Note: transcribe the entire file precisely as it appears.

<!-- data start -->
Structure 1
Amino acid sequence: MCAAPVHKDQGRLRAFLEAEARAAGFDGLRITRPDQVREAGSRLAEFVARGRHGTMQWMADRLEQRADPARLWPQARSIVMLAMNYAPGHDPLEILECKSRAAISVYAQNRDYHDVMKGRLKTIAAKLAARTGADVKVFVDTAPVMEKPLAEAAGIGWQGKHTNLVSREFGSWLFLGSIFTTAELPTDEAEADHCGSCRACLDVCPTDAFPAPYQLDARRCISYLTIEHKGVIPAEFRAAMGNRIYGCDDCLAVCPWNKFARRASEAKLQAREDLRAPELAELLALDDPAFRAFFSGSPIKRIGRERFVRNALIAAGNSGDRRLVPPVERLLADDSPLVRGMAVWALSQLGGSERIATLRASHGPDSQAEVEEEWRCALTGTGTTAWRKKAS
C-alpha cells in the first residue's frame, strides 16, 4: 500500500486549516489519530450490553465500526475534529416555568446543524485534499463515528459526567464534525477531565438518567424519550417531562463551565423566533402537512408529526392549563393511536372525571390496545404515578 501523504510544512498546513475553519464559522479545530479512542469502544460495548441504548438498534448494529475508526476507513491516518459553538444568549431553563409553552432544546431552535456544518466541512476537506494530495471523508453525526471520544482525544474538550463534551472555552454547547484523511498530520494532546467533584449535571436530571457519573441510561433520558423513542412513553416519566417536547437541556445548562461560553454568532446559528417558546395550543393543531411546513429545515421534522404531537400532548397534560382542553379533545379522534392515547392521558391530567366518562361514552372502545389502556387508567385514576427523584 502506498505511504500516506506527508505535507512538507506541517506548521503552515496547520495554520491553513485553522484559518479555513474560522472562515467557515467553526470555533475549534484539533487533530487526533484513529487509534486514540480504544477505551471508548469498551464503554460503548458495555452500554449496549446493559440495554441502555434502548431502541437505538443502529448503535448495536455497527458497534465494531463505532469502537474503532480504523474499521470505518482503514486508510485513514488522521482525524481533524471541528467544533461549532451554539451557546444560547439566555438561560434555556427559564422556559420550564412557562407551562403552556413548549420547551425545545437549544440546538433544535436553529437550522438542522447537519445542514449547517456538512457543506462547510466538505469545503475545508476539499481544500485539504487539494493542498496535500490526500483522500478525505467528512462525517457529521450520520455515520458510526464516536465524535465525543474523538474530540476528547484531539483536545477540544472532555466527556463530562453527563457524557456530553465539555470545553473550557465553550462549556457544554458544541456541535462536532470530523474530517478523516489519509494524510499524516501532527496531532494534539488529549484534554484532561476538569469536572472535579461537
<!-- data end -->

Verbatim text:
Structure 1
Amino acid sequence: MCAAPVHKDQGRLRAFLEAEARAAGFDGLRITRPDQVREAGSRLAEFVARGRHGTMQWMADRLEQRADPARLWPQARSIVMLAMNYAPGHDPLEILECKSRAAISVYAQNRDYHDVMKGRLKTIAAKLAARTGADVKVFVDTAPVMEKPLAEAAGIGWQGKHTNLVSREFGSWLFLGSIFTTAELPTDEAEADHCGSCRACLDVCPTDAFPAPYQLDARRCISYLTIEHKGVIPAEFRAAMGNRIYGCDDCLAVCPWNKFARRASEAKLQAREDLRAPELAELLALDDPAFRAFFSGSPIKRIGRERFVRNALIAAGNSGDRRLVPPVERLLADDSPLVRGMAVWALSQLGGSERIATLRASHGPDSQAEVEEEWRCALTGTGTTAWRKKAS
C-alpha cells in the first residue's frame, strides 16, 4: 500500500486549516489519530450490553465500526475534529416555568446543524485534499463515528459526567464534525477531565438518567424519550417531562463551565423566533402537512408529526392549563393511536372525571390496545404515578 501523504510544512498546513475553519464559522479545530479512542469502544460495548441504548438498534448494529475508526476507513491516518459553538444568549431553563409553552432544546431552535456544518466541512476537506494530495471523508453525526471520544482525544474538550463534551472555552454547547484523511498530520494532546467533584449535571436530571457519573441510561433520558423513542412513553416519566417536547437541556445548562461560553454568532446559528417558546395550543393543531411546513429545515421534522404531537400532548397534560382542553379533545379522534392515547392521558391530567366518562361514552372502545389502556387508567385514576427523584 502506498505511504500516506506527508505535507512538507506541517506548521503552515496547520495554520491553513485553522484559518479555513474560522472562515467557515467553526470555533475549534484539533487533530487526533484513529487509534486514540480504544477505551471508548469498551464503554460503548458495555452500554449496549446493559440495554441502555434502548431502541437505538443502529448503535448495536455497527458497534465494531463505532469502537474503532480504523474499521470505518482503514486508510485513514488522521482525524481533524471541528467544533461549532451554539451557546444560547439566555438561560434555556427559564422556559420550564412557562407551562403552556413548549420547551425545545437549544440546538433544535436553529437550522438542522447537519445542514449547517456538512457543506462547510466538505469545503475545508476539499481544500485539504487539494493542498496535500490526500483522500478525505467528512462525517457529521450520520455515520458510526464516536465524535465525543474523538474530540476528547484531539483536545477540544472532555466527556463530562453527563457524557456530553465539555470545553473550557465553550462549556457544554458544541456541535462536532470530523474530517478523516489519509494524510499524516501532527496531532494534539488529549484534554484532561476538569469536572472535579461537